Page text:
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Distributionally robust control and optimization




Switched mode electric power converters are important components in today’s electricity dependent world. They interface power sources, grids, and consumers that operate at different AC and DC voltage levels. Their performance is a topic of growing interest, as high performance converters enable efficient, grid-friendly energy conversion and compact converter design. This dissertation aims at enhancing the performance of switched mode electric power converters through control. To achieve this, optimisation-based control approaches are sought that are applicable to a wide class of converters.

First, a modelling framework is established that forms the basis for these control approaches. The framework features a discrete time model of the system dynamics, that accurately captures the switched system behaviour without constraining the modulation to predefined switching patterns. It furthermore includes relevant system outputs such as the power transfer and important performance measures such as reference tracking and conversion losses. As all models are compatible with the mixed-logical-dynamical (MLD) framework [7], the modelling framework allows for formulating mixed integer optimisation problems to find the converter operation for optimal system performance that are suitable for commercially available optimisation software. Next, the framework is employed in two optimisation-based control methods: Model predictive control and optimisation-based control of cyclic systems.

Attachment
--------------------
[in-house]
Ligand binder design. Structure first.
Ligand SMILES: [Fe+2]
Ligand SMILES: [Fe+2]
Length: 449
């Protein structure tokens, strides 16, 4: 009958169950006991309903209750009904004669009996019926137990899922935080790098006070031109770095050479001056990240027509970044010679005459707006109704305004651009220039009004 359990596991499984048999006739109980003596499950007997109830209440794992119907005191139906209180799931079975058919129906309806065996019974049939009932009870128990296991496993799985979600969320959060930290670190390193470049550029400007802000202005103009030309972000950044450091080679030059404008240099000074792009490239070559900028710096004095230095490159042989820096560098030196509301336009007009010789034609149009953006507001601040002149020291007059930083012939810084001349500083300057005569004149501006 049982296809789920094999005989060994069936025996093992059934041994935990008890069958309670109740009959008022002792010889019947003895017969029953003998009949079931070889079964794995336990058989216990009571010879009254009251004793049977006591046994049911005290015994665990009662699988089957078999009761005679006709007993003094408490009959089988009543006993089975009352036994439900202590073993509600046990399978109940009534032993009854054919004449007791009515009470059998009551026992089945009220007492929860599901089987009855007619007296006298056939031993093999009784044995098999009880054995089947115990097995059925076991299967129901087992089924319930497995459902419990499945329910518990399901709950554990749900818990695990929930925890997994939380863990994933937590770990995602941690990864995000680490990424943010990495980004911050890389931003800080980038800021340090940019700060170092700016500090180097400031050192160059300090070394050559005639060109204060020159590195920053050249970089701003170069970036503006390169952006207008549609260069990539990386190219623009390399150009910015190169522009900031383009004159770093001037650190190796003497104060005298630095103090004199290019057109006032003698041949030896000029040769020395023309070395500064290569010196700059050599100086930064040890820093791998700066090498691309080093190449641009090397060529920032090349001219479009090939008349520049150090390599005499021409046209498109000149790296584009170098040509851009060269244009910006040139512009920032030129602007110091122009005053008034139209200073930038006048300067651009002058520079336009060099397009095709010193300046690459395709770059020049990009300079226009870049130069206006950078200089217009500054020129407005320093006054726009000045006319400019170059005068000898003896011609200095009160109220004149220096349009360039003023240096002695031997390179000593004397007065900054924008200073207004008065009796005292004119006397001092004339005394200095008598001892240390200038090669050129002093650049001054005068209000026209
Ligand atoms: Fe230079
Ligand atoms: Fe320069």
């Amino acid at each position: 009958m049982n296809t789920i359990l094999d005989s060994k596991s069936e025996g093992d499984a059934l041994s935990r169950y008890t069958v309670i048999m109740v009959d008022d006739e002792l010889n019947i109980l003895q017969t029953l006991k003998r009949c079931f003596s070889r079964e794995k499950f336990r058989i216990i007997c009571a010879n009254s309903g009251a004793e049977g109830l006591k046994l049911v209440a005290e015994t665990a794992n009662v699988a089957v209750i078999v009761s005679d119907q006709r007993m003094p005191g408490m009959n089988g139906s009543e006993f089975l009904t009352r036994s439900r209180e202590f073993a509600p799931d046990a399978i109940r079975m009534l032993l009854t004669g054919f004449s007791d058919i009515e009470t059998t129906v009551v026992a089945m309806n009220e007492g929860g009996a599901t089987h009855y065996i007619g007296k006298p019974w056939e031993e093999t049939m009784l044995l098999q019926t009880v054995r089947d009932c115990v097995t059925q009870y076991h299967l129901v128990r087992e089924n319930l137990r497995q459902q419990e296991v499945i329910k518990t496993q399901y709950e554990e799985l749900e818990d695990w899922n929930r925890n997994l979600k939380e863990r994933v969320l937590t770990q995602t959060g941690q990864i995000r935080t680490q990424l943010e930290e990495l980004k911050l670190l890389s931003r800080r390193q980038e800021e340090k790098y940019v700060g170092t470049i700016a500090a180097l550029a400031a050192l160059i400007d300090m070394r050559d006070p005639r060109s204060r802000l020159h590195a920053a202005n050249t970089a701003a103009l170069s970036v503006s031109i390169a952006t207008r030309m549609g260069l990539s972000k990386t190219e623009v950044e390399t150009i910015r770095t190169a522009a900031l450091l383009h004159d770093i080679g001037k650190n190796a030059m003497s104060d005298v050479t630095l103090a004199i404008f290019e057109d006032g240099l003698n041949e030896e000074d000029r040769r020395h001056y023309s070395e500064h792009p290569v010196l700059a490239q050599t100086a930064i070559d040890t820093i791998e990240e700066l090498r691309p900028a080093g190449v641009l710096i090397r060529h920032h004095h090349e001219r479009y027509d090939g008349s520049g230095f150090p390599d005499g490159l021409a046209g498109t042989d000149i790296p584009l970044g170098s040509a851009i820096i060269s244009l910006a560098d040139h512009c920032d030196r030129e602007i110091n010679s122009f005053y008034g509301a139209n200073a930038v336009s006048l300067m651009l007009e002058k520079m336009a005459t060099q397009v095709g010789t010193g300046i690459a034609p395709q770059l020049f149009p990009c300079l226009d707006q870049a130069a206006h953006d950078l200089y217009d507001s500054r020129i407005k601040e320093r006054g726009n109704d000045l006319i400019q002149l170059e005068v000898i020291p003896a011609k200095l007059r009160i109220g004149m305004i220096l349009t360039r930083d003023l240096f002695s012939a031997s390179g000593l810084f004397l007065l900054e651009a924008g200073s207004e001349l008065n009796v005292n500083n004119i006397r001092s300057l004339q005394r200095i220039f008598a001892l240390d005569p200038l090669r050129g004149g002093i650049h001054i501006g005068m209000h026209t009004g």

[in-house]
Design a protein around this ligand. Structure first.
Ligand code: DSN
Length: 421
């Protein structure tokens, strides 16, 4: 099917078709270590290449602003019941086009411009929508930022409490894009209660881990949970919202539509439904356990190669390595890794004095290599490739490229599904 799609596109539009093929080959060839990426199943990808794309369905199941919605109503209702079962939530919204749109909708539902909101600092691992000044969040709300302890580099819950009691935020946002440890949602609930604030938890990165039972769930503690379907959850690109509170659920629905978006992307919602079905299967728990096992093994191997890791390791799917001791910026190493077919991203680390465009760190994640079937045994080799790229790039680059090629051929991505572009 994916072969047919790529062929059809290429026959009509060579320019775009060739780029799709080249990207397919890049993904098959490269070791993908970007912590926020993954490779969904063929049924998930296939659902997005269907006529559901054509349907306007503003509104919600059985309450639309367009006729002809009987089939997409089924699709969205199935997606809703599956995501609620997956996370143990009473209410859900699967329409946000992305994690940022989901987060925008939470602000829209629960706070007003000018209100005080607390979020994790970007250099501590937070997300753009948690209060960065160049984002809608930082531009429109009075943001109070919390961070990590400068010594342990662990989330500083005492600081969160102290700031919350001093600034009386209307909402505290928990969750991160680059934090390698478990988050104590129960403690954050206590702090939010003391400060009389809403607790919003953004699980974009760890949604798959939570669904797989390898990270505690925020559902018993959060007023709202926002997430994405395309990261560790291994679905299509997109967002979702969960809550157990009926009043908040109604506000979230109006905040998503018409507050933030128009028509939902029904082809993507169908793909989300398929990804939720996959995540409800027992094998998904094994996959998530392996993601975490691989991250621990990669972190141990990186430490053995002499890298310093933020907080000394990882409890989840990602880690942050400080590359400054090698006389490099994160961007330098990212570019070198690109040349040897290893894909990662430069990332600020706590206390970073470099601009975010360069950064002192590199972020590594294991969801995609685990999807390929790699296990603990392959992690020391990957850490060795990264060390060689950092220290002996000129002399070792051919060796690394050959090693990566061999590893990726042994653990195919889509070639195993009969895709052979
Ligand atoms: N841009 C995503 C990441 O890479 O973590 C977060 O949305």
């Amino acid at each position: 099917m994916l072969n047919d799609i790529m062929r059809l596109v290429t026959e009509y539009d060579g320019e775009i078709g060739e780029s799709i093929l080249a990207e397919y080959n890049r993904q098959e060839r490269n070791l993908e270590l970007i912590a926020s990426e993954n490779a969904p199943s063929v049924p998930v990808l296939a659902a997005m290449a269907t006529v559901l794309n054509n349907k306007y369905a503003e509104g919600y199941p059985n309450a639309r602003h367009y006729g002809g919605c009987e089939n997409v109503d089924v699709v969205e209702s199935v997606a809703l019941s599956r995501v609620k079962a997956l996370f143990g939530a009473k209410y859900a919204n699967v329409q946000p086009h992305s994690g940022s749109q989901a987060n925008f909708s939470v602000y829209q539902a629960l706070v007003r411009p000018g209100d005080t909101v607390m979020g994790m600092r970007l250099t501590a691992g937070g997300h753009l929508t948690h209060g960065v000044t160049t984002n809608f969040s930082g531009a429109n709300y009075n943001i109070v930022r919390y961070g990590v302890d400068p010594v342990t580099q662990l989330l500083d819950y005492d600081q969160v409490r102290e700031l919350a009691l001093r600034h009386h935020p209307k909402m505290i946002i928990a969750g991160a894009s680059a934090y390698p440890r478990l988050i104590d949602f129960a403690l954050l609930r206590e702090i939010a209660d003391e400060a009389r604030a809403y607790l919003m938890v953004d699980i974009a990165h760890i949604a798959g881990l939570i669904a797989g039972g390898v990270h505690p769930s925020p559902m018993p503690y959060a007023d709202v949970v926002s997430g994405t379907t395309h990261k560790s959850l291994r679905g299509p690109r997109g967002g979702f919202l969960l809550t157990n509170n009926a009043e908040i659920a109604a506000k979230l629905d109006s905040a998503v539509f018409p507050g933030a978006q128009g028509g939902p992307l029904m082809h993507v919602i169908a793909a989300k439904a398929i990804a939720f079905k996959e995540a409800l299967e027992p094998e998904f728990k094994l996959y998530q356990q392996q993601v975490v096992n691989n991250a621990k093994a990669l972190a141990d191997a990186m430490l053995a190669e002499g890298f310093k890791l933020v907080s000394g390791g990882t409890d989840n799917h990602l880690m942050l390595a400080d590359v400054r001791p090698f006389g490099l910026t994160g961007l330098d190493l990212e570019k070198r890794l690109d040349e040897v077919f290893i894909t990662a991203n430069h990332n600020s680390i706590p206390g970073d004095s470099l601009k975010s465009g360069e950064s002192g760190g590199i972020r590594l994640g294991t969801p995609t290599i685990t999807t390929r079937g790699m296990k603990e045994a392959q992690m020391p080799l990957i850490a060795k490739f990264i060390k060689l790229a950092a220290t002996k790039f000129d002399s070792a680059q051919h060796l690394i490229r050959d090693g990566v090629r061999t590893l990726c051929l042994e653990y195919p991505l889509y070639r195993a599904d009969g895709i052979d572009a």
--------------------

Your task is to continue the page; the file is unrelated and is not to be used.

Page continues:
In the second part of this thesis, the modelling framework is used in four different model predictive control (MPC) schemes. They differ in model accuracy, i.e. discretisation rate of the dynamics, and control update rate. The first presented scheme is averaging MPC, where the controller is updated once per switching period. This scheme is based on the commonly used averaged model of the system dynamics, which is obtained straightforwardly in the modelling framework by choosing the discretisation equal to the switching frequency. The resulting optimisation problems are generally linear or quadratic programs. The second scheme, intersampling MPC as presented e.g. in [ 5] or [31], uses more accurate, hybrid models with a higher discretisation frequency and the same control update rate as averaging. Using the presented modelling framework, this more accurate model of the system dynamics allows for including performance measures such as conversion losses in the MPC problem, resulting in linear or quadratic mixed integer programs. The third scheme, the herein proposed multisampling MPC, combines the model accuracy and corresponding benefits of intersampling MPC with a higher control update rate, which allows for faster reaction to disturbances. The formulation of averaging, intersampling, and multisampling MPC using the modelling framework is illustrated for a buck converter in simulation. Finally, the fourth MPC scheme, originally published in [54], is here presented as averaging MPC with multisampled filtering. The accurate model of the system dynamics with a high discretisation rate is employed to estimate the rippling states and their averages. This allows to make better use of available measurement, as every sample contributes to the state estimate, and prevents the ripple from entering the control feedback loop. The optimsation problem is formulated based on the average, ripple-free dynamics, resulting in optimisation problems of similar complexity to the averaging approach. The effectiveness of the scheme is demonstrated in simulation for a single phase grid inverter, that is operated at a low switching frequency and where the control goals are a high power factor and rejection of low-order harmonics.